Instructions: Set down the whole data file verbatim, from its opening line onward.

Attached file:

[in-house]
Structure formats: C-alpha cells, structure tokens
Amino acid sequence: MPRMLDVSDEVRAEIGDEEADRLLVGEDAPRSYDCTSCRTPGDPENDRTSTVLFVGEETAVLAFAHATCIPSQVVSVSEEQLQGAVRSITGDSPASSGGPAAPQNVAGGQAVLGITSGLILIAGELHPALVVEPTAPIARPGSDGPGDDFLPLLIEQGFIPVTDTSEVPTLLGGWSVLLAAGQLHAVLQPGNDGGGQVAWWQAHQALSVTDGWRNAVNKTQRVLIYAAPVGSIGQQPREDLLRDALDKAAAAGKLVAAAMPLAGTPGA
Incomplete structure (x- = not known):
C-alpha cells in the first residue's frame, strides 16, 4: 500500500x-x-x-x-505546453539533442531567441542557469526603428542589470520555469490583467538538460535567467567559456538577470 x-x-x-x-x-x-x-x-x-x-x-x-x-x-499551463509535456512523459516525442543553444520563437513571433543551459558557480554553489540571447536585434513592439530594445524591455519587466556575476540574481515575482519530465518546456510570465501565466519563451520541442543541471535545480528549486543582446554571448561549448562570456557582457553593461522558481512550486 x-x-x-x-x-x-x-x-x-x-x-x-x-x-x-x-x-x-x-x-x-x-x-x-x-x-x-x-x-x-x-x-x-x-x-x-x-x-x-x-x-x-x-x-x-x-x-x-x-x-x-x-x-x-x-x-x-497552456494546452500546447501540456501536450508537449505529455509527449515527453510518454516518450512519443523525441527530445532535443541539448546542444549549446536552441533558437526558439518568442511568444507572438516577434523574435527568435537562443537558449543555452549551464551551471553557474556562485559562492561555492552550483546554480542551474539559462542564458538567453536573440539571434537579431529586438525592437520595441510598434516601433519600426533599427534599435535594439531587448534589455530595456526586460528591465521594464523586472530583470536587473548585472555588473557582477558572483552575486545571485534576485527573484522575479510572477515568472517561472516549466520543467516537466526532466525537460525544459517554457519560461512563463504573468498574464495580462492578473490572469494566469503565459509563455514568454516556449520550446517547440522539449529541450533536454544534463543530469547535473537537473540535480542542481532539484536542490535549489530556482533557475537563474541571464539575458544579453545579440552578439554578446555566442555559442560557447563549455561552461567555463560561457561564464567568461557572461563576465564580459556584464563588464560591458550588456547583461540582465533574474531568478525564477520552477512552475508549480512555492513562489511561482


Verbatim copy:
[in-house]
Structure formats: C-alpha cells, structure tokens
Amino acid sequence: MPRMLDVSDEVRAEIGDEEADRLLVGEDAPRSYDCTSCRTPGDPENDRTSTVLFVGEETAVLAFAHATCIPSQVVSVSEEQLQGAVRSITGDSPASSGGPAAPQNVAGGQAVLGITSGLILIAGELHPALVVEPTAPIARPGSDGPGDDFLPLLIEQGFIPVTDTSEVPTLLGGWSVLLAAGQLHAVLQPGNDGGGQVAWWQAHQALSVTDGWRNAVNKTQRVLIYAAPVGSIGQQPREDLLRDALDKAAAAGKLVAAAMPLAGTPGA
Incomplete structure (x- = not known):
C-alpha cells in the first residue's frame, strides 16, 4: 500500500x-x-x-x-505546453539533442531567441542557469526603428542589470520555469490583467538538460535567467567559456538577470 x-x-x-x-x-x-x-x-x-x-x-x-x-x-499551463509535456512523459516525442543553444520563437513571433543551459558557480554553489540571447536585434513592439530594445524591455519587466556575476540574481515575482519530465518546456510570465501565466519563451520541442543541471535545480528549486543582446554571448561549448562570456557582457553593461522558481512550486 x-x-x-x-x-x-x-x-x-x-x-x-x-x-x-x-x-x-x-x-x-x-x-x-x-x-x-x-x-x-x-x-x-x-x-x-x-x-x-x-x-x-x-x-x-x-x-x-x-x-x-x-x-x-x-x-x-497552456494546452500546447501540456501536450508537449505529455509527449515527453510518454516518450512519443523525441527530445532535443541539448546542444549549446536552441533558437526558439518568442511568444507572438516577434523574435527568435537562443537558449543555452549551464551551471553557474556562485559562492561555492552550483546554480542551474539559462542564458538567453536573440539571434537579431529586438525592437520595441510598434516601433519600426533599427534599435535594439531587448534589455530595456526586460528591465521594464523586472530583470536587473548585472555588473557582477558572483552575486545571485534576485527573484522575479510572477515568472517561472516549466520543467516537466526532466525537460525544459517554457519560461512563463504573468498574464495580462492578473490572469494566469503565459509563455514568454516556449520550446517547440522539449529541450533536454544534463543530469547535473537537473540535480542542481532539484536542490535549489530556482533557475537563474541571464539575458544579453545579440552578439554578446555566442555559442560557447563549455561552461567555463560561457561564464567568461557572461563576465564580459556584464563588464560591458550588456547583461540582465533574474531568478525564477520552477512552475508549480512555492513562489511561482